Myth 6

The EU is run by technocrats with no democratic oversight. Actually all the decisions taken in Europe are approved by democratically elected ministers responsible and accountable to their parliaments and public opinions. Decisions are slow and tortuous and are often so late in becoming policy they may be no longer relevant. The number of EU commissioners should come down from 27 to 10 but will the UK give up having a commissioner? Ask Nick Clegg.

Myth 7

The euro has caused riots and the rise of extremist parties That’s for Nick Griffin and the other BNP MEP to answer. Europe has always had extremist politics hovering at its fringe. The French communist party was xenophobic and supported one of the world’s great tyrannies for decades. Long before the euro existed there were ultra-nationalist and racist politicians elected under PR systems to different national and regional parliaments. Jean-Marie Le Pen’s glory days were when France used the franc. The biggest riots in Europe since the world capitalist crisis began in 2008 happened in London last year. Unlike the riots of Athens which were largely confined to its main square, the London riots spreads across the nation, turned into mass arson and looting with five deaths and huge damage caused. Last time anyone checked, Britain was not using the euro so is the pound to blame for the August 2011 riots? No and it is just as silly to blame the euro for social unrest and extremist political parties.

Myth 8

The EU imposes terrible burdens on British business This whine from the right has been a constant ever since the concept of social Europe was promoted. Tory MPs want to repatriate all rules from Europe that give some modest protection to workers and unions. For the left to act as bag carriers for this attack on social justice is bizarre. In fact, if you look at the nations that are best surviving the current crisis from Finland to Austria they are all based on EU social partnership systems which are anathema to Conservatives. And they all use the euro.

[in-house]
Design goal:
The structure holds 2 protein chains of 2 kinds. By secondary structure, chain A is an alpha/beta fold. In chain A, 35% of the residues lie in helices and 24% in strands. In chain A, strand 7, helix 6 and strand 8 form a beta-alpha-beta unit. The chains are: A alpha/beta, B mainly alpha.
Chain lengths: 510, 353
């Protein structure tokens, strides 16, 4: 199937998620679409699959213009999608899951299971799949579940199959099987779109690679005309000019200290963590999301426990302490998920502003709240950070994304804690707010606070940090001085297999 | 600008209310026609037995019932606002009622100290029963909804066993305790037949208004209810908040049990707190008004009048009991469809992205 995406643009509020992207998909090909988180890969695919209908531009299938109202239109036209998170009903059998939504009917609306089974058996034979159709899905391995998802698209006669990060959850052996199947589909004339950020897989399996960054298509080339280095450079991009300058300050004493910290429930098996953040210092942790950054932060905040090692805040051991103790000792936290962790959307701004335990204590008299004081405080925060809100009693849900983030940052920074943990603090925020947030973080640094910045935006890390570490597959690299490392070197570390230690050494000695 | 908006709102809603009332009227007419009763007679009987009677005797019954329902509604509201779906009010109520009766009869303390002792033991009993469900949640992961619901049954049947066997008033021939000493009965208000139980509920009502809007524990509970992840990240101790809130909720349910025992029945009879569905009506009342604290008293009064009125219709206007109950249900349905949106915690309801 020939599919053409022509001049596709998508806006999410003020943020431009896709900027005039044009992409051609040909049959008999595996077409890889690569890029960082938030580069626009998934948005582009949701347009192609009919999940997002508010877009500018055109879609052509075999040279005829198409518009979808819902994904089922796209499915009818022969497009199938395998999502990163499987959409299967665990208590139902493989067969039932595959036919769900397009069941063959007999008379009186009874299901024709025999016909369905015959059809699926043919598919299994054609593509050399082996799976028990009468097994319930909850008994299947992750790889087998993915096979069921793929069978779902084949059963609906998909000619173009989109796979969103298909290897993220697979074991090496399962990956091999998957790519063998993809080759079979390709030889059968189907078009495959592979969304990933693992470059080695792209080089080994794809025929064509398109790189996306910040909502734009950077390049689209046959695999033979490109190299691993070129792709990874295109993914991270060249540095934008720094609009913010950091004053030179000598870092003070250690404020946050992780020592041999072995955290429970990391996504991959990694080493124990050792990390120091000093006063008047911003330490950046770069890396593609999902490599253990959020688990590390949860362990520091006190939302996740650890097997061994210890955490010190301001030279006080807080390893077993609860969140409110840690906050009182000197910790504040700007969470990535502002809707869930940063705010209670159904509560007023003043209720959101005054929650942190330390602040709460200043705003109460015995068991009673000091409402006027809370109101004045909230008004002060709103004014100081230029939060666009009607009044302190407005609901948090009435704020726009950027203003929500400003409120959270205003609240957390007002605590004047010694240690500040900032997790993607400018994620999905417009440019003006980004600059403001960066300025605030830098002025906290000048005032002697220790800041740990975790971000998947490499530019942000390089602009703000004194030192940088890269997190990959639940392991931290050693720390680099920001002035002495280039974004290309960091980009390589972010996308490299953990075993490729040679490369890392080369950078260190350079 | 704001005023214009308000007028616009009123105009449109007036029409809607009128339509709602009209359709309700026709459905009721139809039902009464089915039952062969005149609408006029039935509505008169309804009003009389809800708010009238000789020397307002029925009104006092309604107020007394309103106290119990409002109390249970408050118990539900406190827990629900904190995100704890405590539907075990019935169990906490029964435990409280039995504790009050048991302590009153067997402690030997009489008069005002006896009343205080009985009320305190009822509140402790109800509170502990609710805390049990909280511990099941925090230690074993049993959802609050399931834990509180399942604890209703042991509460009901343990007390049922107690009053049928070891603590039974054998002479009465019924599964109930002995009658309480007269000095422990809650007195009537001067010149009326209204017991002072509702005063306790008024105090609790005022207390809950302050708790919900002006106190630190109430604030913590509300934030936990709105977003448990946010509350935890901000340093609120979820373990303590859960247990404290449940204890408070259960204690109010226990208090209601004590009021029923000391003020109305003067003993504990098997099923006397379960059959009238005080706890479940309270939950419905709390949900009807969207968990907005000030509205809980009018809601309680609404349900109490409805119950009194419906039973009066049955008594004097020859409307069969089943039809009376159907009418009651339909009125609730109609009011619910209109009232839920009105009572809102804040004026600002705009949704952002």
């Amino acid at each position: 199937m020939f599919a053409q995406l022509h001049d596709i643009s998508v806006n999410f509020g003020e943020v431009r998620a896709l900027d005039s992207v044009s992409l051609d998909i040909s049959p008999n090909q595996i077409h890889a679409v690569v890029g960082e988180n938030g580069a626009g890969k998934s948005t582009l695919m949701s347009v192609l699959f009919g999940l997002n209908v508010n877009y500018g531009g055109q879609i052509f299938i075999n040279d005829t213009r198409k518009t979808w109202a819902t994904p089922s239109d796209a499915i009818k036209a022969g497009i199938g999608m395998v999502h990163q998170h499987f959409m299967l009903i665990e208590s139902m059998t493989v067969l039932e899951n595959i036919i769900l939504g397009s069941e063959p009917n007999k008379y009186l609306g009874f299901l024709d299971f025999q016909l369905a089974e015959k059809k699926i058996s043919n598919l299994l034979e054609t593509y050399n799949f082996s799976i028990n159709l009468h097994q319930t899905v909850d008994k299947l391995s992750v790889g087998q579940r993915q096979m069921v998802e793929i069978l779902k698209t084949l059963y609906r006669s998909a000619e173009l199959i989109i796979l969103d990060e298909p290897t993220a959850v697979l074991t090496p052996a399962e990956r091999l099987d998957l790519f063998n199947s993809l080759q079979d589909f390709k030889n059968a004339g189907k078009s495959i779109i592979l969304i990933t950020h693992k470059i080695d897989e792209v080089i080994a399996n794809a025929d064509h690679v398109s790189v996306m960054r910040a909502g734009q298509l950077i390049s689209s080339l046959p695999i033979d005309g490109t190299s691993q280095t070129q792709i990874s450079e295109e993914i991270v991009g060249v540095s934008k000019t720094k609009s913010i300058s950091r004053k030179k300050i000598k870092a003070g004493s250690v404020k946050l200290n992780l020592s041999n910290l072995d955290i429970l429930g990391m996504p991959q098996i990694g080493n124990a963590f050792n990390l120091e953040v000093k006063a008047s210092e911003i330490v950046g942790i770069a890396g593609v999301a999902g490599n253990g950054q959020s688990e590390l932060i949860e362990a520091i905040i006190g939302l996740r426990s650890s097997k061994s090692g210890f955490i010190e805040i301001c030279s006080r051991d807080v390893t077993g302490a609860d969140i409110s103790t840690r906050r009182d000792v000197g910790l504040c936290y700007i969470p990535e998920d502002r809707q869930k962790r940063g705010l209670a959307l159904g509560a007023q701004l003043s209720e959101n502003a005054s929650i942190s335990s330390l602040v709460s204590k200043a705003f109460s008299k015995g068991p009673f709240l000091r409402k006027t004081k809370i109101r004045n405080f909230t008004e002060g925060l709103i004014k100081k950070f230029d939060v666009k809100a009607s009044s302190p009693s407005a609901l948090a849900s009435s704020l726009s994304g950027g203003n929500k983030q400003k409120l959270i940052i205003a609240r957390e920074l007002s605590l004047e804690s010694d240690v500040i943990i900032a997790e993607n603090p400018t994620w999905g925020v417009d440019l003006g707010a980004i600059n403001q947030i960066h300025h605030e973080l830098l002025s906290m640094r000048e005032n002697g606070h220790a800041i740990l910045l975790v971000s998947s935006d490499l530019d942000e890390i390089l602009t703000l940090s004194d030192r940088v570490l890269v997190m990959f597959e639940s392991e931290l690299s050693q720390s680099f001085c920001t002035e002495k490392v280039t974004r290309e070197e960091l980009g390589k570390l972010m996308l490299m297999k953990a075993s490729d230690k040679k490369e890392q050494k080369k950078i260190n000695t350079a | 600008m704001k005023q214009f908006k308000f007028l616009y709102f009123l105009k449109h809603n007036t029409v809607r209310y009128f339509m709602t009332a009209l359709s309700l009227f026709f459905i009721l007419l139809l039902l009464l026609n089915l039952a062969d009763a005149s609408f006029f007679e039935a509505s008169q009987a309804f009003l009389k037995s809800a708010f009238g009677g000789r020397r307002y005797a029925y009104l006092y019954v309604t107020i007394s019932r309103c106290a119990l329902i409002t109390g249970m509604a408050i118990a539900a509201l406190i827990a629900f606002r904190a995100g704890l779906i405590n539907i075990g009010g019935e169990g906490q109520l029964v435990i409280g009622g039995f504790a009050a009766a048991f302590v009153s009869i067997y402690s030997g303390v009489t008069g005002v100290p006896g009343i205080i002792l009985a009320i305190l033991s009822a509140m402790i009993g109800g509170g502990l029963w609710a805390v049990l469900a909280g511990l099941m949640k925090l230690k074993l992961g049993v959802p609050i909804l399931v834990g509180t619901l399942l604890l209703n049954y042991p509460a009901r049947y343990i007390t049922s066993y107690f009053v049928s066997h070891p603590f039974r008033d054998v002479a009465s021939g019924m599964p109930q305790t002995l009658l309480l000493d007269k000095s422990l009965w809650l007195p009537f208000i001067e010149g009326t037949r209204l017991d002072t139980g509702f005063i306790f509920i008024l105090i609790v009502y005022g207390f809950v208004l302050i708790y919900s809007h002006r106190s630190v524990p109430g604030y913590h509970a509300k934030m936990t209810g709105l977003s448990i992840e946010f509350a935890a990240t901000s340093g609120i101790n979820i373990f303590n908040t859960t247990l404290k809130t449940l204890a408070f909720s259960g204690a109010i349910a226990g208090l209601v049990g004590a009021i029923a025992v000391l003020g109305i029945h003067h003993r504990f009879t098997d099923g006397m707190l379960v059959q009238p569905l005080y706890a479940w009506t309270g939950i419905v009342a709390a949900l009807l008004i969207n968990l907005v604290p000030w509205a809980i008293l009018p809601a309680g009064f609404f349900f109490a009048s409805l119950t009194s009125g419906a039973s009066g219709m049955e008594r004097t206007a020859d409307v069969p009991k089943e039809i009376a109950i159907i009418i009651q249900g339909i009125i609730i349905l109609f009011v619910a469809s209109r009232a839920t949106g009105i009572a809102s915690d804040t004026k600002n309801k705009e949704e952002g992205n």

Myth 9

Housing bubbles were caused by the euro Again, it is national governments (including Labour) which did not put in clear rules insisting on minimum deposits and have a solid programme of social house building. Labour allowed 500,000 social housing units to be sold under Thatcher’s right-to-buy legislation. Ireland, Spain and Greece allowed unlimited credit well beyond the repayment capabilities for borrowers. That has nothing to do with the single currency but with bad government policy.

Myth 10

The euro is creating a European super-state. Please. Ten years ago the EU budget was roughly 1.2 per cent of Europe’s collection GDP. It is now down to one per cent. Of that one per cent, 85 per cent is returned to governments to pay for agricultural subsidies and regional investment. A BAP (British Agricultural Policy and payments system) would be more costly than the CAP. The EU gets many things wrong just as all governments do. But with an income of just one per cent of Europe’s total annual income the idea this is a new super-state is just silly propaganda.

Coalition Goverment says no to EU Anti-Trafficking Measures